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Visas, Passports, and Vaccination Records

You’ll need to ensure your travel documents are up-to-date and correct before you travel abroad.

Open passports with stamps from different countries.
 

Make sure your passport is valid and that you have obtained the proper visas before you embark on your Cornell travel. Depending on your circumstances, you may also be required by your destination country to provide additional immigration documentation, including proof of vaccination (COVID-19, Yellow Fever, etc.). In addition, if you are not a United States citizen, you may need some specific documents to re-enter the U.S. after your trip. 

What Is a Visa?

A visa is a document showing that a person is authorized to enter or leave a specified area and is subject to an immigration official's permission at the time of actual entry. The authorization is commonly a stamp endorsed in the applicant's passport, but it may also be a document to accompany a passport. 

A visa generally gives non-citizens clearance to enter a country and remain there within specified constraints, such as a time frame for entry, a limit on time spent in the country, and a prohibition against employment. When you apply for a visa in advance of your arrival, you allow the country to consider your circumstances, such as your reason for applying, details of previous visits to the country, and financial security. Some countries also require a Letter of Introduction.

Obtaining Travel Documents

When should I apply for a passport or a visa?

It can take more time than you expect to obtain a passport or a visa. If you need a new passport or need to renew your old one, apply as soon as you can for it. You should also apply for a visa early to avoid delays or disruptions in your travel.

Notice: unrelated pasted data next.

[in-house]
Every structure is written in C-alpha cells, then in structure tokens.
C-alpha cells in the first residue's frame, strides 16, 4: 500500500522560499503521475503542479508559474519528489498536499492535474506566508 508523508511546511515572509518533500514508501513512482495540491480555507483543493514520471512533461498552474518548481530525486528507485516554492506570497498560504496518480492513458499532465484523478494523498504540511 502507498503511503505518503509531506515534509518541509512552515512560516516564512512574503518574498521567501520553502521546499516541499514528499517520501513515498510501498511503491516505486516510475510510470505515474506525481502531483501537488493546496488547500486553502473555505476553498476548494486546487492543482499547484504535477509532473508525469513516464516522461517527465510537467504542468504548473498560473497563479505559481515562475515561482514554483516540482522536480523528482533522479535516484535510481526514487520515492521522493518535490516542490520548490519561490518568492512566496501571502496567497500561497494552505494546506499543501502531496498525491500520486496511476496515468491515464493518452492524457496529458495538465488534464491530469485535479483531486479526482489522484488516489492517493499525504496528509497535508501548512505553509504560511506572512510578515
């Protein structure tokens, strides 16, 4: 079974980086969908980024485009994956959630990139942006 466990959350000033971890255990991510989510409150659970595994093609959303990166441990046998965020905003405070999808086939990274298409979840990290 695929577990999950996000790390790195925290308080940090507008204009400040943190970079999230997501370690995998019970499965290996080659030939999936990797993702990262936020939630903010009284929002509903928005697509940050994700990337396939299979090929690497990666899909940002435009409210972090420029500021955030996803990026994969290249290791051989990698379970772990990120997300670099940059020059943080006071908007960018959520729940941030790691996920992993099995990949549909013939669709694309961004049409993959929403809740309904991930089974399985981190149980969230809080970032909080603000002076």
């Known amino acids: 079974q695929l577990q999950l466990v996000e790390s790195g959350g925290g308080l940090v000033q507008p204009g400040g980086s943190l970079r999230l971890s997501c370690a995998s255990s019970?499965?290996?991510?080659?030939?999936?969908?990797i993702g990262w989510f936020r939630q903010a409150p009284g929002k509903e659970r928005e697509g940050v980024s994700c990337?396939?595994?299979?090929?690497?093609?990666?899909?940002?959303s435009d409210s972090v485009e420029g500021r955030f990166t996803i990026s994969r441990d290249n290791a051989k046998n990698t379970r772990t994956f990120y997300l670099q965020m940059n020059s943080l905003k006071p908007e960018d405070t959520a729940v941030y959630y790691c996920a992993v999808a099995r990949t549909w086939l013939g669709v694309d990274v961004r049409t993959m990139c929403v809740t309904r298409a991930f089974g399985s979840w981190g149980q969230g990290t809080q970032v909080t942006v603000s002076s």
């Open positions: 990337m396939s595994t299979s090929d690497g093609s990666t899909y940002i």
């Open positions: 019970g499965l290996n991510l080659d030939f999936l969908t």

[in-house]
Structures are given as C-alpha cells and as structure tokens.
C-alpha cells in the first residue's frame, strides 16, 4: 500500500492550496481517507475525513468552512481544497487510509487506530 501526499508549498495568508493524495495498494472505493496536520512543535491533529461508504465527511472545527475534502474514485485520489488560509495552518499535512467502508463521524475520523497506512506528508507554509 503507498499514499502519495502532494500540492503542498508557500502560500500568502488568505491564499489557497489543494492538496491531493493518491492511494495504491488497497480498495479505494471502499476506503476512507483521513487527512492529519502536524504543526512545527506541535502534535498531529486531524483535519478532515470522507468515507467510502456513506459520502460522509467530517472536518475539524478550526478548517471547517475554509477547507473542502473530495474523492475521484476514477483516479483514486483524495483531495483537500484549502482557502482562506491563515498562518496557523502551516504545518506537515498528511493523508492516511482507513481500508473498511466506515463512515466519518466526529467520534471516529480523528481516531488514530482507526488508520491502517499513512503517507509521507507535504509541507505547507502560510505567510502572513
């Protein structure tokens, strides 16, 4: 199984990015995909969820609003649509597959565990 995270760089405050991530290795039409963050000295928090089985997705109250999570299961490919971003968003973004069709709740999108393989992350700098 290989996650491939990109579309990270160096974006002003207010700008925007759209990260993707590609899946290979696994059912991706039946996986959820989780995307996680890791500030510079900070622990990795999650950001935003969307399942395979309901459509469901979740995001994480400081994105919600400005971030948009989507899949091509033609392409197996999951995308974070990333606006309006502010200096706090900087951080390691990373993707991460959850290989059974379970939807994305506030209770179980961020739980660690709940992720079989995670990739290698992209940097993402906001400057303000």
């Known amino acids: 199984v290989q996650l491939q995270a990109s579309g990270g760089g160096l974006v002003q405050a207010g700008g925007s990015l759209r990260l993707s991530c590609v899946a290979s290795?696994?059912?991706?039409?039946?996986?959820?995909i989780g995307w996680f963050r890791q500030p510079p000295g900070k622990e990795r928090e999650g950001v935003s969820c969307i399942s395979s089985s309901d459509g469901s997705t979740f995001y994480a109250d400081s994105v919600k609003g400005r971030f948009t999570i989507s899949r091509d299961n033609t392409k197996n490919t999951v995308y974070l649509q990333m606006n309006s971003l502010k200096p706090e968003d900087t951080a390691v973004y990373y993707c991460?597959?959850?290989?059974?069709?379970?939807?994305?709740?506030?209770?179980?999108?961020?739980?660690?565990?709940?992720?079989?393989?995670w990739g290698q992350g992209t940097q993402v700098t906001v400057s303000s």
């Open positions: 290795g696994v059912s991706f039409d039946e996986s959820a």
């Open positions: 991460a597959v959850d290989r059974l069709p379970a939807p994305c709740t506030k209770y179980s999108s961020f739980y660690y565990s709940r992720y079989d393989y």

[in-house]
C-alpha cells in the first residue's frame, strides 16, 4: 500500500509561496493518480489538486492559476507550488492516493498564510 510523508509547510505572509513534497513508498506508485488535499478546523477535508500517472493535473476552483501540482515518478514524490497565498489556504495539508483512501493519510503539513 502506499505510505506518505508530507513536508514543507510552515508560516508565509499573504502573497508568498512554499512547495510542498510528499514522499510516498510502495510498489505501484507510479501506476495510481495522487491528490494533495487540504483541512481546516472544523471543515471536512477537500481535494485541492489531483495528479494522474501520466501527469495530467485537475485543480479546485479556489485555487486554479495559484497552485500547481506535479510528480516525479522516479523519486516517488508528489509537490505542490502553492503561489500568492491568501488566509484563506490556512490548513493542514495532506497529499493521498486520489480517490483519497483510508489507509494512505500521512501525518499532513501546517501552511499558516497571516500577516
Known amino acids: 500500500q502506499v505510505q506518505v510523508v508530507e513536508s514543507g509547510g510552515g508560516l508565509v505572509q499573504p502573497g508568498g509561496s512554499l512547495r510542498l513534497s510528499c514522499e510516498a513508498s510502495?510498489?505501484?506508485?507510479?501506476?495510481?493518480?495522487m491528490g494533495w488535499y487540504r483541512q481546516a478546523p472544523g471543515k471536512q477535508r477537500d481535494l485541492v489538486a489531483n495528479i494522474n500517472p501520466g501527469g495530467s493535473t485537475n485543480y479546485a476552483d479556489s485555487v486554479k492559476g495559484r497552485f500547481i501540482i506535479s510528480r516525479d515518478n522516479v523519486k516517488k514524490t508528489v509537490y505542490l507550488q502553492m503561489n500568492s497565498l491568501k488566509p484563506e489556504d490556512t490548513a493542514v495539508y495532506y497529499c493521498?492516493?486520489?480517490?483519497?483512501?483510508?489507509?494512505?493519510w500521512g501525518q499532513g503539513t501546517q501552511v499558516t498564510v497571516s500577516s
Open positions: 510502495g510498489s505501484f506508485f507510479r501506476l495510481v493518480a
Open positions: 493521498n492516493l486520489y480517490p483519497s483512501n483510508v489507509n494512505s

My old passport will expire soon after my anticipated return from my trip. Do I need to worry?

Your passport should be valid for at least six months after your anticipated return date and needs a minimum of two or more blank pages. Otherwise, some countries may not let you enter. 

How do I find out my destination country’s visa, passport, and vaccination requirements? 

Each country's visa, passport, and vaccination requirements are different and depend on your citizenship, the reason for travel, length of stay, country of trip origin or transit, and the number of entries required. Entry and exit requirements for all countries can be found in the country-specific information provided by the United States State Department.

If I get a tourist visa for my travel destination is that sufficient?

Make sure to obtain the proper visa prior to traveling. Conducting research or teaching under a tourist visa could jeopardize your ability to return to your destination in the future. Consider the nature of your activity to assess the type of immigration documentation needed. Travel Document Systems’ (TDS) website can help determine if and what type of visa is required for your destination. Learn more about TDS below.

What if I have to show proof of evacuation and repatriation coverage to obtain a travel document? 

If you're required to show proof of evacuation and repatriation coverage in order to obtain a visa or other travel document, you may print a Certificate of Assistance from Cornell's International SOS online portal. If you need to show proof of medical insurance, you may reach out to intlsafety@cornell.edu with proof of travel registration and your full name as it appears on your passport.

Should I travel with my COVID-19 vaccination card?